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The BBC's Jon Leyne
"For Colin Powell arriving in Egypt, the first steps of what could be a very long road"
 real 56k

The BBC's Paul Adams
"A chance for Colin Powell to hear what both sides have to say"
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Saturday, 24 February, 2001, 22:10 GMT
Powell presses anti-Saddam message
Colin Powell and Egyptian President Hosi Mubarak
Powell 'recognised' Egypt's concerns about air raids
US Secretary of State Colin Powell - visiting Cairo - has restated Washington's determination to isolate Iraqi leader Saddam Hussein, despite doubts in the Arab world.

At a joint news conference with Russian Foreign Minister Igor Ivanov, Mr Powell said that Iraqi leader Saddam Hussein was a danger not only to the US but also the whole Middle East.

The message I plan to give that the cause of these problems we have is in Baghdad and Saddam Hussein

Colin Powell
And after talks later in the day with Egyptian President Hosni Mubarak, Mr Powell said the United States was ready to meet any challenge to the integrity of the states in the Middle East.

Mr Powell was in Cairo at the start of a six-nation tour of the Middle East, his first foreign trip since taking office.

He said he recognised that some in Egypt were unhappy about the air raids on Iraq, but maintained they were justified.

He said the purpose behind the sanctions policy was as important as when it was imposed over 10 years ago.

The Egyptian Foreign Minister Amr Moussa said every chance had to be given to talks about the sanctions next week between Iraq and the United Nations.

'Saddam is the problem'

Mr Powell brought Washington's case for the legitimacy of air strikes directly to Arabs.

Igor Ivanov
Foreign Minister Ivanov: Differences with the US over Iraq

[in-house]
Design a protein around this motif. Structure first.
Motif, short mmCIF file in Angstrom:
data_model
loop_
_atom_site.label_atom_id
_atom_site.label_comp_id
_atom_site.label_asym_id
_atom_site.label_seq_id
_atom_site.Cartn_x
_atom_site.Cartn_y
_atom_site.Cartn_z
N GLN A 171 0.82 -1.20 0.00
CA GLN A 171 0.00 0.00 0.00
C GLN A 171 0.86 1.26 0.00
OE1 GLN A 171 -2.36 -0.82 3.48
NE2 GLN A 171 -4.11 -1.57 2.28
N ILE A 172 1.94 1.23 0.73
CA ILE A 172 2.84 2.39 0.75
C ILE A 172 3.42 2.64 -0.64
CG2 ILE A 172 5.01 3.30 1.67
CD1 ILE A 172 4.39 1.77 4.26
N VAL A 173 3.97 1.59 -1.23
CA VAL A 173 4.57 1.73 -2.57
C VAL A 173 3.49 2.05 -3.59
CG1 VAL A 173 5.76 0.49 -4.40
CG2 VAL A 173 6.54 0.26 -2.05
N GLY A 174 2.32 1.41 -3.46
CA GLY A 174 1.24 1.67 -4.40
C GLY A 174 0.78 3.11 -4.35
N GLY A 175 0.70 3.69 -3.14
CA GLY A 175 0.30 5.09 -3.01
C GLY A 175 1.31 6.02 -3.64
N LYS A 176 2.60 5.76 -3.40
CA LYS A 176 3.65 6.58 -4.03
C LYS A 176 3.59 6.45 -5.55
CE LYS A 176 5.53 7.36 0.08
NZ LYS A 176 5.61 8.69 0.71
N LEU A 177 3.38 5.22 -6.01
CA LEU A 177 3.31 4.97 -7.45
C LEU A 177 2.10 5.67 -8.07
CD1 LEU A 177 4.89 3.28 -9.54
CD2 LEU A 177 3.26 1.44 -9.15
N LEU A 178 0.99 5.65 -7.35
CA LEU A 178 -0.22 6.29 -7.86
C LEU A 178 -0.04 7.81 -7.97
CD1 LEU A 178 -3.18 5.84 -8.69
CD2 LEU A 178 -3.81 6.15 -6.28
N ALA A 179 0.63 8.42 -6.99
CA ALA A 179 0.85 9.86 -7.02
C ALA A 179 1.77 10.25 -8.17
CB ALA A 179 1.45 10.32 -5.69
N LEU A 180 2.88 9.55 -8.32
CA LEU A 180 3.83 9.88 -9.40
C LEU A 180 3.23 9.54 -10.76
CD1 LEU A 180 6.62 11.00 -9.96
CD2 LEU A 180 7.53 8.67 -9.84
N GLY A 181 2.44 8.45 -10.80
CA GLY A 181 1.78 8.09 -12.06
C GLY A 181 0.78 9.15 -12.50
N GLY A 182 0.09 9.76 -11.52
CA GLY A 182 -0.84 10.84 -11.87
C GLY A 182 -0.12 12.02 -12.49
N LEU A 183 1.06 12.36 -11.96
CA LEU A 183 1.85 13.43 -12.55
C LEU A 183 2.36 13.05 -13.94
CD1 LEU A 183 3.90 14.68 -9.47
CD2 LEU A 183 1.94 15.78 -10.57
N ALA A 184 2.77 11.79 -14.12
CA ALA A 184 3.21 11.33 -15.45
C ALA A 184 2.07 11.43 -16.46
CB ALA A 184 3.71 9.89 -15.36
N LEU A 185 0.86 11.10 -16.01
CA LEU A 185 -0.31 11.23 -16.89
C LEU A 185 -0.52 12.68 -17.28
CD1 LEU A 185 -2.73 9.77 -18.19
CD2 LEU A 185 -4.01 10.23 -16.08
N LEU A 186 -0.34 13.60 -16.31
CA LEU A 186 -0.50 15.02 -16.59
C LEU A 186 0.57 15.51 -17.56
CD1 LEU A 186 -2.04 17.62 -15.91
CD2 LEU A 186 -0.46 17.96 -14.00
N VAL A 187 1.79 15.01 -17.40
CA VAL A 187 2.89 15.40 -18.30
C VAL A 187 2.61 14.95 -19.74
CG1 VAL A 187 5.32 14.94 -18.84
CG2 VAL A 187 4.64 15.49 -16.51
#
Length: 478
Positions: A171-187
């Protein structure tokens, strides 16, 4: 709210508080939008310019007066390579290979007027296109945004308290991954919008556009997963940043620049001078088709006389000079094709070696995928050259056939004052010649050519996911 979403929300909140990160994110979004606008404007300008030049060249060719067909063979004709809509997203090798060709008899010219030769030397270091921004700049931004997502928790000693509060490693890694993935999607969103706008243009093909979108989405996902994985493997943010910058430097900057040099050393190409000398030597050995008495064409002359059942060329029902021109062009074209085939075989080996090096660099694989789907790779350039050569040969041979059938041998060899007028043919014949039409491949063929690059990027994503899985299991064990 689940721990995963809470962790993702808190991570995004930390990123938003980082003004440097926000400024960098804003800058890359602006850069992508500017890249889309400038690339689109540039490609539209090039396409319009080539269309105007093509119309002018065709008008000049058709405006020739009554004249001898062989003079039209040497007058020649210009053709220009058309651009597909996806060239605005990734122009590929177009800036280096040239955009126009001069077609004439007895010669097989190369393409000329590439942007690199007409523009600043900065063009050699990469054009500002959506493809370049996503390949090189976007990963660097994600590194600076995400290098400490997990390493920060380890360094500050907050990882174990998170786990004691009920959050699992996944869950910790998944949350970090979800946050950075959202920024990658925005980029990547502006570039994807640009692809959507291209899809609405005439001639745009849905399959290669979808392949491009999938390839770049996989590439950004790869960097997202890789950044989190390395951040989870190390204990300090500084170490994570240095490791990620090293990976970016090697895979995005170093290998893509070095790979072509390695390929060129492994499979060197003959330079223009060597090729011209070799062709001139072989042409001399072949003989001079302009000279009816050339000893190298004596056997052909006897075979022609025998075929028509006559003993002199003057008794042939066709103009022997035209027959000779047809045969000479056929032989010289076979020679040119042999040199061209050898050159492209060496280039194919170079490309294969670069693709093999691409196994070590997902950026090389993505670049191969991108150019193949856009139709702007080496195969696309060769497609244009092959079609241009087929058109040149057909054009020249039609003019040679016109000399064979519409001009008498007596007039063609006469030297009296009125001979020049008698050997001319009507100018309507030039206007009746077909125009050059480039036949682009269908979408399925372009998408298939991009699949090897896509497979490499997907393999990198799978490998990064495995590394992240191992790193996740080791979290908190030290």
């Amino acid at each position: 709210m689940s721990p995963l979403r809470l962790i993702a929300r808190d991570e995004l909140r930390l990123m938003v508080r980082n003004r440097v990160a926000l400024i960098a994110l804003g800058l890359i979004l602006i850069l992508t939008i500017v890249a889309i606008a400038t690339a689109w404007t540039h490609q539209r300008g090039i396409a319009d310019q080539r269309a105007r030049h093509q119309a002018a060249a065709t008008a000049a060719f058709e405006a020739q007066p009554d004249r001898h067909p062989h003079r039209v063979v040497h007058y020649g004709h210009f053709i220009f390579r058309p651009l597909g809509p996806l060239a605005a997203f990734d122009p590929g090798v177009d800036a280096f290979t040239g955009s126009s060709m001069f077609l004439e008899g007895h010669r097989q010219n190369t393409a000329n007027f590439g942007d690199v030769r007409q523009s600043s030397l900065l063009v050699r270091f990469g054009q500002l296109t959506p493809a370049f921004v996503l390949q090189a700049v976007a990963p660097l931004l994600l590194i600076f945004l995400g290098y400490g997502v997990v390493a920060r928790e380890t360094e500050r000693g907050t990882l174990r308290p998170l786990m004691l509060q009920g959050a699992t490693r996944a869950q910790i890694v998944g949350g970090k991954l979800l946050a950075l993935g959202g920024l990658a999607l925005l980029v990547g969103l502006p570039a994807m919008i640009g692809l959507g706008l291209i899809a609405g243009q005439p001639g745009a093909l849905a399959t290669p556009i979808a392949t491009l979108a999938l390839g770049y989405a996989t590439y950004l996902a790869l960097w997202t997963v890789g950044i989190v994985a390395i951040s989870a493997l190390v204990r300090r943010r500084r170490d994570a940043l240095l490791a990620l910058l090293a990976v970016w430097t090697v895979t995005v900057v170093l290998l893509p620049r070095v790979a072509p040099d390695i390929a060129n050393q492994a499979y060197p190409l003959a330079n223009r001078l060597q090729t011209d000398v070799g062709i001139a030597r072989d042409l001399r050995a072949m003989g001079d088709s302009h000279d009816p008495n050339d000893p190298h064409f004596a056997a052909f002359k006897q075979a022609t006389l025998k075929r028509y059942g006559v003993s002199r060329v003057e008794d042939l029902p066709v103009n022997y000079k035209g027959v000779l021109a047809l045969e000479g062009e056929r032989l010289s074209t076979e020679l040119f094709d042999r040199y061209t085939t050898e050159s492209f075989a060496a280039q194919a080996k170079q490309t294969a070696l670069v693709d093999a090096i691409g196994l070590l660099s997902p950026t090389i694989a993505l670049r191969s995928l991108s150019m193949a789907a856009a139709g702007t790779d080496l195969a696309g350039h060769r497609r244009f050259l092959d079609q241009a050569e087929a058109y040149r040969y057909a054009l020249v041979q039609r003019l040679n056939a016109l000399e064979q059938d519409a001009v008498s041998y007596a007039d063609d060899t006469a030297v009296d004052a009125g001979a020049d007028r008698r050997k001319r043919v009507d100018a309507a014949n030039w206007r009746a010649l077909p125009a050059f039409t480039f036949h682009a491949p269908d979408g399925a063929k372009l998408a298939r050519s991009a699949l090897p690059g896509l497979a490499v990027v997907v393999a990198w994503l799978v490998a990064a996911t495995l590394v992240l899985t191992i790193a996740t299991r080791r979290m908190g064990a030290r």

"The message I plan to give that the cause of these problems we have is in Baghdad and Saddam Hussein who refuses to abandon his pursuit of weapons of mass destruction," he said.

The trip is being seen partly as an attempt by Mr Powell to improve relations with Middle Eastern countries following the bombing.

Correspondents say the challenge for the United States is to stop Iraq obtaining military technologies while ensuring that Baghdad cannot blame sanctions for the hardships of ordinary Iraqis.

The sanctions, first imposed in 1990 after Iraq invaded Kuwait, were initially supported by most Arab countries.

But the measures have been crumbling, with more and more oil being exported from Iraq outside the UN system.

Crowded trip

Mr Powell is now in Tel Aviv, where he met outgoing Prime Minister Ehud Barak on Saturday evening and Prime Minister-elect Ariel Sharon the following morning.

The other stops on the crowded four-day schedule are Jerusalem, Gaza, Amman, Kuwait, Damascus and Riyadh, with a day in Brussels on his way home on Tuesday.

In Israel he is due to listen to the proposals of the parties involved in the Arab-Israeli conflict, but with Mr Sharon still trying to form a government, US officials do not expect any bold initiatives.

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24 Feb 01 | Middle East
Kuwait alert for war anniversary
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